Phonological and semantic list learning with individuals with TBI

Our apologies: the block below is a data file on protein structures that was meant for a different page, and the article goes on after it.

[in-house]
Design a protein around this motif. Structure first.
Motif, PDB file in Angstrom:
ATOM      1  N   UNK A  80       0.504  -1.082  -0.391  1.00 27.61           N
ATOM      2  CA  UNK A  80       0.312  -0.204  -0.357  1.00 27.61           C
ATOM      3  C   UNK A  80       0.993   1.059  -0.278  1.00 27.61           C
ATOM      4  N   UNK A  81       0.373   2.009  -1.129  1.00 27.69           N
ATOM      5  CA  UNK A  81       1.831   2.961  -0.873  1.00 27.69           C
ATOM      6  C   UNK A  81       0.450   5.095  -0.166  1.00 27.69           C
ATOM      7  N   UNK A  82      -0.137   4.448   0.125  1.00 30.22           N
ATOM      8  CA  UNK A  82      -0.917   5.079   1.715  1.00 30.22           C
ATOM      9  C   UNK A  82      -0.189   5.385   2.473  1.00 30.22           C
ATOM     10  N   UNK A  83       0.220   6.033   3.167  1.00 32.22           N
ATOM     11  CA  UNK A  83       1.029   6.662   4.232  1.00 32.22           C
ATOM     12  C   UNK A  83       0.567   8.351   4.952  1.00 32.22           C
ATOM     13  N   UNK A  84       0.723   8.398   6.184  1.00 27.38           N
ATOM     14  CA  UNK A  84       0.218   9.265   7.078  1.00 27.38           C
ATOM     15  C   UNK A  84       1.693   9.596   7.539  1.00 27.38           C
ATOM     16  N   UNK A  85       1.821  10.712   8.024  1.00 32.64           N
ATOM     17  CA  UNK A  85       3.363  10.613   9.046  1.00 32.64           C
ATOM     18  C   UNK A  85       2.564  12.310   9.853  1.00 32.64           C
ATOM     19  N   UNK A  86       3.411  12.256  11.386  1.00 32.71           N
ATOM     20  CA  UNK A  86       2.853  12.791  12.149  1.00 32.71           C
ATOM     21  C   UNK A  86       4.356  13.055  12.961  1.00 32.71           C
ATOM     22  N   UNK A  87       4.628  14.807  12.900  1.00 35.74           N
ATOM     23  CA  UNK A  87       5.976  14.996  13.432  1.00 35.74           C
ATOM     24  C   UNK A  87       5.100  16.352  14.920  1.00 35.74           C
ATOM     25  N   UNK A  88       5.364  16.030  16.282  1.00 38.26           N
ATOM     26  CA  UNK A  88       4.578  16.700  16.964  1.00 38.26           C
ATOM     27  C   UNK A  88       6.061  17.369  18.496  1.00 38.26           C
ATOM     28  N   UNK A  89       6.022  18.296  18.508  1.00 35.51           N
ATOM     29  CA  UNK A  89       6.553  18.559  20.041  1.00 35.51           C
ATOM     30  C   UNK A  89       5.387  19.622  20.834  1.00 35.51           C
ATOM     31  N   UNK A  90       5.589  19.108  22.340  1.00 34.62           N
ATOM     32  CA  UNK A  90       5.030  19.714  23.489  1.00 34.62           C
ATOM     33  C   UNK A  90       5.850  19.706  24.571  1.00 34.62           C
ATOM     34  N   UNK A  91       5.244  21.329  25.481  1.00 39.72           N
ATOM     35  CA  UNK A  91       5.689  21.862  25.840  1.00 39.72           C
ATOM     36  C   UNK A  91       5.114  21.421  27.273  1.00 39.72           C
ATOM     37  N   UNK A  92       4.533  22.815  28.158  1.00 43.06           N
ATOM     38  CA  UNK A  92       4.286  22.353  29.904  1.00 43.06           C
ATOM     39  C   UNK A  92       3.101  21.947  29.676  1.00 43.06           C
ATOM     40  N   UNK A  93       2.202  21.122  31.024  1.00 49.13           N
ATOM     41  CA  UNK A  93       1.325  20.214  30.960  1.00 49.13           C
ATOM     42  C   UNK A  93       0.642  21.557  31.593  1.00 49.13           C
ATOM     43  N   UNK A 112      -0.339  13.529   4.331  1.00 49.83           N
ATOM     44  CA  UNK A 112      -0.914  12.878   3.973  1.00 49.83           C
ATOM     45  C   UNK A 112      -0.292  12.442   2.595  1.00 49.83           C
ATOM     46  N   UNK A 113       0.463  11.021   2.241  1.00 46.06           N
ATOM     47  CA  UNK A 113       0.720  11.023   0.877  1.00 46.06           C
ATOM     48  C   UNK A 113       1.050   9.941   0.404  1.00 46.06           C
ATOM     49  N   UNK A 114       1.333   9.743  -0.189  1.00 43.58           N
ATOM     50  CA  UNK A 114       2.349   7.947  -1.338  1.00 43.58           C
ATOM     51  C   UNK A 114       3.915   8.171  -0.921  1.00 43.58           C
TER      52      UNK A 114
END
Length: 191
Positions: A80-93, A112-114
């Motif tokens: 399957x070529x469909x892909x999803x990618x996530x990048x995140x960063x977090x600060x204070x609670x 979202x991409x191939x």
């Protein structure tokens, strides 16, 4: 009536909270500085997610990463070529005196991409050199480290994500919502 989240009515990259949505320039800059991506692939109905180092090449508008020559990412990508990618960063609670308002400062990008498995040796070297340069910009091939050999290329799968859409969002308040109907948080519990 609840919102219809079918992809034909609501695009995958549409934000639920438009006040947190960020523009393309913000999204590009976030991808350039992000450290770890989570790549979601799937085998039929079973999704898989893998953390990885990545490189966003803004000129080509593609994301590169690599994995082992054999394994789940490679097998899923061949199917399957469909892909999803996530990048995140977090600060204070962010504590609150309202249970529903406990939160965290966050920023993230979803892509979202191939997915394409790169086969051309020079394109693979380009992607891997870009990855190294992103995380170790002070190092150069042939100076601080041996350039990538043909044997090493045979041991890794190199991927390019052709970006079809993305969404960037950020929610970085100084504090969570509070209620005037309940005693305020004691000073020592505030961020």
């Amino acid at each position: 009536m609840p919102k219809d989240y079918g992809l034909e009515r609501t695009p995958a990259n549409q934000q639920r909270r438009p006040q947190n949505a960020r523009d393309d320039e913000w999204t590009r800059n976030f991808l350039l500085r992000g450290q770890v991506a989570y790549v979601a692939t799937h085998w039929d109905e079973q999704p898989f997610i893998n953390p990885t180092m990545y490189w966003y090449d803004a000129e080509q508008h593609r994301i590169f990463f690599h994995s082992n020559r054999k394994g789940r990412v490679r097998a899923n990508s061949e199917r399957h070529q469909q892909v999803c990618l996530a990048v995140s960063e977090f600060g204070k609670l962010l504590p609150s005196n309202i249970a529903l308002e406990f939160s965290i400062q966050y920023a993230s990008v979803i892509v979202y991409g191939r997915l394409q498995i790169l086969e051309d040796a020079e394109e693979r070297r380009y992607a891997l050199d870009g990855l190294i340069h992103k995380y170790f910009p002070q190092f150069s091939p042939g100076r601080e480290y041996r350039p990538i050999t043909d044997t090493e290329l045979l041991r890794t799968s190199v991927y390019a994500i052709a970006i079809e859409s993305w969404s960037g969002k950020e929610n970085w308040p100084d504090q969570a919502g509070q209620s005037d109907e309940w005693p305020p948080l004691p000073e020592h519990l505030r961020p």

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The purpose of this study was to examine the extent to which learning and recall are facilitated by semantic and phonological targets. A list-learning paradigm was administered to 10 individuals with a history of traumatic brain injury. Participants were asked to recall and identify words that were present on the list. The lists consisted of semantically related associate words and phonologically related associate words. Participants recalled significantly more semantically related associates than phonological associates. Demographic factors such as age, time-post injury, and educational attainment did not have a significant effect on the recall ability for either word target type. Word recognition ability also was not influenced by target type. The results of this study found adults with TBI use a semantic network following brain injury and that semantic targets are more beneficial for recall than phonological targets.